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JULY: New village residents

Posted on 28th June, 2017

Mid-summer sees an increase in the village bird population. Not migrants, but this year’s newly-fledged young birds. Our two East Farleigh churchyard nestboxes occupied by blue tits contributed thirteen new birds to the population; they all have rings on so you may see them around the church or in a nearby garden. Blue tits rarely travel far from where they were hatched, but there are exceptions. I ringed one as a juvenile on a farm in Marden in 2015, saw it there again in 2016, and was amazed to re-trap it in my garden in East Farleigh a few weeks ago.

 

If moving from Marden to Farleigh is unusual, a blue tit from Lithuania caught at Sandwich, Kent, last year is even more so! The map shows just how far this bird had travelled since It was ringed as an adult on 15 Sept 2015 (nearly 1,400 km in about 6 months). The bird was noticeably brighter blue than local birds; its wing was a big 70 mm and it weighed 11 grams (average for British blue tits is 63mm wing and 10 grams).

 

 

So keep an eye on your new garden birds – the majority will be from a local nest, but you could also have one with fledgling wanderlust!

 

 

Most newly-fledged birds are easily identified – they are likely to be softer-looking, spottier versions of their parents, often with the remains of their yellow gape still visible at the base of their bill.

 

 

Owls are no exception, but you rarely see them of course,       apart from the Little Owl, which hunts during the day as well as at night.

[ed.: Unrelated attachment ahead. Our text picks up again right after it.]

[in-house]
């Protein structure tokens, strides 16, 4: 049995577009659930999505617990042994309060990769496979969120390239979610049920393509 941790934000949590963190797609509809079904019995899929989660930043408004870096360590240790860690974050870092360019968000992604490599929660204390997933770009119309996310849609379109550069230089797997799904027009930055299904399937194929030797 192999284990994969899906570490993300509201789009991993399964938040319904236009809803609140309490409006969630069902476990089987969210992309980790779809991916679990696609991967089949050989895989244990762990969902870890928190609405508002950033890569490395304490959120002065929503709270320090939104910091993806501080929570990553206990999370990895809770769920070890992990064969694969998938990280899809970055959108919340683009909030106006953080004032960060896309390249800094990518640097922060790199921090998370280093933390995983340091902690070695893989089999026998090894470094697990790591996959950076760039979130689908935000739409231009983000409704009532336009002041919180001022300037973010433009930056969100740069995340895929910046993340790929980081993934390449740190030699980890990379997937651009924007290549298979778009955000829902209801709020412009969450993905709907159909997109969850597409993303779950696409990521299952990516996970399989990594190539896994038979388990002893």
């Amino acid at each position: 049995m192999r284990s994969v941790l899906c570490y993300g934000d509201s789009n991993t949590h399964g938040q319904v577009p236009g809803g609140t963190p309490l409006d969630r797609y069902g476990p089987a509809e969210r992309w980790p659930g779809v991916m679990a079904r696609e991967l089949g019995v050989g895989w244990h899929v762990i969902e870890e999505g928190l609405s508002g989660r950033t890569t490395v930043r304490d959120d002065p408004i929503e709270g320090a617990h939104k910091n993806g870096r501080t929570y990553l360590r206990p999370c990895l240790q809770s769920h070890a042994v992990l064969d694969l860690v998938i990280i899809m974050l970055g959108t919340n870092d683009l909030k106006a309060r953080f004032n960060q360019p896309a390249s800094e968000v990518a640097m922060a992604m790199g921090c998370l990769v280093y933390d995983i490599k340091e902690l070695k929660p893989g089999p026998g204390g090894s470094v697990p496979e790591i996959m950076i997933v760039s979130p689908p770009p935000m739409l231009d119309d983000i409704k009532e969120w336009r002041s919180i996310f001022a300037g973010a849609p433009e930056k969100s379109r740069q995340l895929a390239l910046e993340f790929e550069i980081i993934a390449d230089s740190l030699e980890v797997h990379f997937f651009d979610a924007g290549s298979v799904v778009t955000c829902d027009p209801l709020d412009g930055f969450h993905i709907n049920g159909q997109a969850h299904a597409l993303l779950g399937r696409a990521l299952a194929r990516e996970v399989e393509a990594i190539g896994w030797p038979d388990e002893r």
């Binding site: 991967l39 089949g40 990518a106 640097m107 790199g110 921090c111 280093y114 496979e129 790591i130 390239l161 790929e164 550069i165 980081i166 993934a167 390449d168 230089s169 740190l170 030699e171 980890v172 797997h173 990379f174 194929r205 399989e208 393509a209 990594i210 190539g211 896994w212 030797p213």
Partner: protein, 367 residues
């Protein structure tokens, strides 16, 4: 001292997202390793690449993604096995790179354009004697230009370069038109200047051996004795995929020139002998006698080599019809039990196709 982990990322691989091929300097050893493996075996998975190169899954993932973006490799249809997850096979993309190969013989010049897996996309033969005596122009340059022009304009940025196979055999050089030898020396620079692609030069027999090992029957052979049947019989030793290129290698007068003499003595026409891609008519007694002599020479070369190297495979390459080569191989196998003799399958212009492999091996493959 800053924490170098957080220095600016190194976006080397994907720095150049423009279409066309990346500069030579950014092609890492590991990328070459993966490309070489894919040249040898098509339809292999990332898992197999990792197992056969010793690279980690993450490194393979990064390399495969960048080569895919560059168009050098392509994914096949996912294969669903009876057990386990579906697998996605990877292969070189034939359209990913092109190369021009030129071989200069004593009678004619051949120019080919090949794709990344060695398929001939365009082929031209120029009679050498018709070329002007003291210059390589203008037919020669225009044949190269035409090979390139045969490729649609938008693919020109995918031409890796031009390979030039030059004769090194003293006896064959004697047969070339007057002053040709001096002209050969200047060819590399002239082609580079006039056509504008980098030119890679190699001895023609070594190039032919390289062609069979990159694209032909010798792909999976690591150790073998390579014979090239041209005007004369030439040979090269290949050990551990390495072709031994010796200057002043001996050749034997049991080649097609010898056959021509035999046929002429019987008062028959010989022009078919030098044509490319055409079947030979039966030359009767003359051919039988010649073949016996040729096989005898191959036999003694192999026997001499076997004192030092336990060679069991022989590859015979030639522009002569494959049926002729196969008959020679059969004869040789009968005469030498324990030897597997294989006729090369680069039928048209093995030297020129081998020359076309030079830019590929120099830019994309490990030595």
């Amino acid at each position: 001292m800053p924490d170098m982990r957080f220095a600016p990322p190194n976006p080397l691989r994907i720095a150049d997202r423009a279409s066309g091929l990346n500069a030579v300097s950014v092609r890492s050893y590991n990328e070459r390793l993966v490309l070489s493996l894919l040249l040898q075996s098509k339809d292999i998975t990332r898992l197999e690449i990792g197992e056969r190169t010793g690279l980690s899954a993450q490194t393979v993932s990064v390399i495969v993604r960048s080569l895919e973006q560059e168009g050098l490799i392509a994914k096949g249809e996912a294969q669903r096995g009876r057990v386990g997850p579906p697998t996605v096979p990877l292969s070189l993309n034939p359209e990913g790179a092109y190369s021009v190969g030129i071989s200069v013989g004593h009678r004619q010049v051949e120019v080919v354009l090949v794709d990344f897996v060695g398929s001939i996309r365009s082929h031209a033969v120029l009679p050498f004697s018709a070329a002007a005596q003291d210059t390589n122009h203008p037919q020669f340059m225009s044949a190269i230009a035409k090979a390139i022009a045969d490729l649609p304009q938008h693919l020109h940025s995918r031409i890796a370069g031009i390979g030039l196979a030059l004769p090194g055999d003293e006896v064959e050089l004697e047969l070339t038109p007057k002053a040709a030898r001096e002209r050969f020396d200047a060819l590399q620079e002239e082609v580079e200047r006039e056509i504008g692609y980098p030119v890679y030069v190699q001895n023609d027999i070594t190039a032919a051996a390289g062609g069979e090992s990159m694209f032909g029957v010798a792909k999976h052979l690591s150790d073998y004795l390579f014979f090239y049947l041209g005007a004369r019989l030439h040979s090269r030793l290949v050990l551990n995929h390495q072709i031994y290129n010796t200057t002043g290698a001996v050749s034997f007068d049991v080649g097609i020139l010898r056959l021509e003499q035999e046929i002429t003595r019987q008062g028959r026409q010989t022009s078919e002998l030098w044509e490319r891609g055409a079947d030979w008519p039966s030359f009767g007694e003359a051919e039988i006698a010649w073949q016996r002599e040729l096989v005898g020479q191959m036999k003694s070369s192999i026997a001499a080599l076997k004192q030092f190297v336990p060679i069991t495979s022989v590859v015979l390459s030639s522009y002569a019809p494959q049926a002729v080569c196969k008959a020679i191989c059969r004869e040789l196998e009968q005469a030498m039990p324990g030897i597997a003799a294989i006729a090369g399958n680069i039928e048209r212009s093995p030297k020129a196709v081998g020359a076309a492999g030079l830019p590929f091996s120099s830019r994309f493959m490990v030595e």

They feed on worms and beetles, and you could well find a young one parked on the ground or on a fence post by its parents. If you do it is almost certainly not abandoned – so don't touch it unless it is in imminent danger from cats or dogs, its parents will be back to feed it!

 

 

Can you identify these garden youngsters? (Answers below)

 

 

 

 

 

You may be lucky enough to enjoy the sight of young swallows and house martins lining up on overhead wires. If you are, there won't be any swifts among them – swifts never perch, and when the young leave the nest they remain airborne 24/7 for at least their first year of life, in some cases two or three years.

 

Sadly, the populations of these three birds are severely declining, especially in southern England. It's likely that lack of insects is a major cause, but in the case of the house martin it could be difficulty in finding enough mud for nests. It seems too that many people object to the mess they cause on houses; house martin nests are often destroyed by overly house-proud humans, or holes are blocked to stop swallows entering outbuildings.

 

As all birds now have legal protection, destroying a house martin nest in the breeding season is illegal and attracts a £2000 summary fine! What the law can't resolve, though, is young swallows becoming trapped in their nests by horsehair – I know of several cases recently in local stables; a natural hazard to add to the many human ones.

 

So enjoy the new birds while you can. They grow up all too quickly!

 

Were you right? 

Answers: 1. Goldfinch  2. Robin  3. Blackbird  4. House Sparrow

 

 

 

 

 

 

 

 

 

 

 

 

 

 

 

 

 

 

 

 

 

 

 

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